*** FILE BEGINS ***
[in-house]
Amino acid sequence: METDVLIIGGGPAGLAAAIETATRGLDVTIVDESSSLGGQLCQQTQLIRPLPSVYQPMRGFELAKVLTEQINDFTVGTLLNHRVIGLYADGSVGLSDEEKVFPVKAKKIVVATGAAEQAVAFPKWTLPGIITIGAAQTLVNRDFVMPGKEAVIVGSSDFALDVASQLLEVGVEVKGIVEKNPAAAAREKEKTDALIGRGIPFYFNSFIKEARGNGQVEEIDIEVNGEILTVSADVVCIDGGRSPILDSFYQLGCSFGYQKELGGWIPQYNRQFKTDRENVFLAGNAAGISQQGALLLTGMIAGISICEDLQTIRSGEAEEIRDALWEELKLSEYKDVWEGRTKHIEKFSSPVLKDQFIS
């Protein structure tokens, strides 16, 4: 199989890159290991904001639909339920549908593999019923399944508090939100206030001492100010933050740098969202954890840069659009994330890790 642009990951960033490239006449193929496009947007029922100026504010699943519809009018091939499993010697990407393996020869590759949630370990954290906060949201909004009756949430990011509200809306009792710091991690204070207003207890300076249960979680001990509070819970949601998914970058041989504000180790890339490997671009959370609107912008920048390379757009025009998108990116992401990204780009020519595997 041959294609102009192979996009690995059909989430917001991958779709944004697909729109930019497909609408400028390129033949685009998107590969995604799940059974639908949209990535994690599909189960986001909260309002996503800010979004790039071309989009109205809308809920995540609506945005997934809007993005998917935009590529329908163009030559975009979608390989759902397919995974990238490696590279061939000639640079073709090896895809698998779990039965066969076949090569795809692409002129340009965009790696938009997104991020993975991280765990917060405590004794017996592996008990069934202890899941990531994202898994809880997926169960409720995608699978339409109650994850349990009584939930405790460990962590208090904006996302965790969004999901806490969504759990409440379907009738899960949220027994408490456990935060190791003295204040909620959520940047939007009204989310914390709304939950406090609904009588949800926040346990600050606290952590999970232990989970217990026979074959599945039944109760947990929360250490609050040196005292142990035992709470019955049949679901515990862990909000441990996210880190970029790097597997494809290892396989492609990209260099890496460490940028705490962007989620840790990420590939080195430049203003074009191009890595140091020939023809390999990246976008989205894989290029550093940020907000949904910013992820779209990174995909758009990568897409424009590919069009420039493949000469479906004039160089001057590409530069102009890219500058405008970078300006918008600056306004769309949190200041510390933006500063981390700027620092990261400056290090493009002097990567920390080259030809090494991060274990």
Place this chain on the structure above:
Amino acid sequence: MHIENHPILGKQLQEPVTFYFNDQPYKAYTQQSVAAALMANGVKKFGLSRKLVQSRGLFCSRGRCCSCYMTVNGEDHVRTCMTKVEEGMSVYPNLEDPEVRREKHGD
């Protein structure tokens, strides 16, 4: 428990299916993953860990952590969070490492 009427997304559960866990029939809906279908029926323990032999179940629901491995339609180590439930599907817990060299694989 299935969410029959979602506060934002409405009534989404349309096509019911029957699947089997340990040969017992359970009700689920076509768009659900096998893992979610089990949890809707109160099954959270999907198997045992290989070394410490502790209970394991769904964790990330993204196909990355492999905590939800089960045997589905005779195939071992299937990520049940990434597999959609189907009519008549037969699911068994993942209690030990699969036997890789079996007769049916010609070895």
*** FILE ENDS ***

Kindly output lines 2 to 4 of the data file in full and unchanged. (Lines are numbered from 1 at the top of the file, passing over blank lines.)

Amino acid sequence: METDVLIIGGGPAGLAAAIETATRGLDVTIVDESSSLGGQLCQQTQLIRPLPSVYQPMRGFELAKVLTEQINDFTVGTLLNHRVIGLYADGSVGLSDEEKVFPVKAKKIVVATGAAEQAVAFPKWTLPGIITIGAAQTLVNRDFVMPGKEAVIVGSSDFALDVASQLLEVGVEVKGIVEKNPAAAAREKEKTDALIGRGIPFYFNSFIKEARGNGQVEEIDIEVNGEILTVSADVVCIDGGRSPILDSFYQLGCSFGYQKELGGWIPQYNRQFKTDRENVFLAGNAAGISQQGALLLTGMIAGISICEDLQTIRSGEAEEIRDALWEELKLSEYKDVWEGRTKHIEKFSSPVLKDQFIS
């Protein structure tokens, strides 16, 4: 199989890159290991904001639909339920549908593999019923399944508090939100206030001492100010933050740098969202954890840069659009994330890790 642009990951960033490239006449193929496009947007029922100026504010699943519809009018091939499993010697990407393996020869590759949630370990954290906060949201909004009756949430990011509200809306009792710091991690204070207003207890300076249960979680001990509070819970949601998914970058041989504000180790890339490997671009959370609107912008920048390379757009025009998108990116992401990204780009020519595997 041959294609102009192979996009690995059909989430917001991958779709944004697909729109930019497909609408400028390129033949685009998107590969995604799940059974639908949209990535994690599909189960986001909260309002996503800010979004790039071309989009109205809308809920995540609506945005997934809007993005998917935009590529329908163009030559975009979608390989759902397919995974990238490696590279061939000639640079073709090896895809698998779990039965066969076949090569795809692409002129340009965009790696938009997104991020993975991280765990917060405590004794017996592996008990069934202890899941990531994202898994809880997926169960409720995608699978339409109650994850349990009584939930405790460990962590208090904006996302965790969004999901806490969504759990409440379907009738899960949220027994408490456990935060190791003295204040909620959520940047939007009204989310914390709304939950406090609904009588949800926040346990600050606290952590999970232990989970217990026979074959599945039944109760947990929360250490609050040196005292142990035992709470019955049949679901515990862990909000441990996210880190970029790097597997494809290892396989492609990209260099890496460490940028705490962007989620840790990420590939080195430049203003074009191009890595140091020939023809390999990246976008989205894989290029550093940020907000949904910013992820779209990174995909758009990568897409424009590919069009420039493949000469479906004039160089001057590409530069102009890219500058405008970078300006918008600056306004769309949190200041510390933006500063981390700027620092990261400056290090493009002097990567920390080259030809090494991060274990």
Place this chain on the structure above: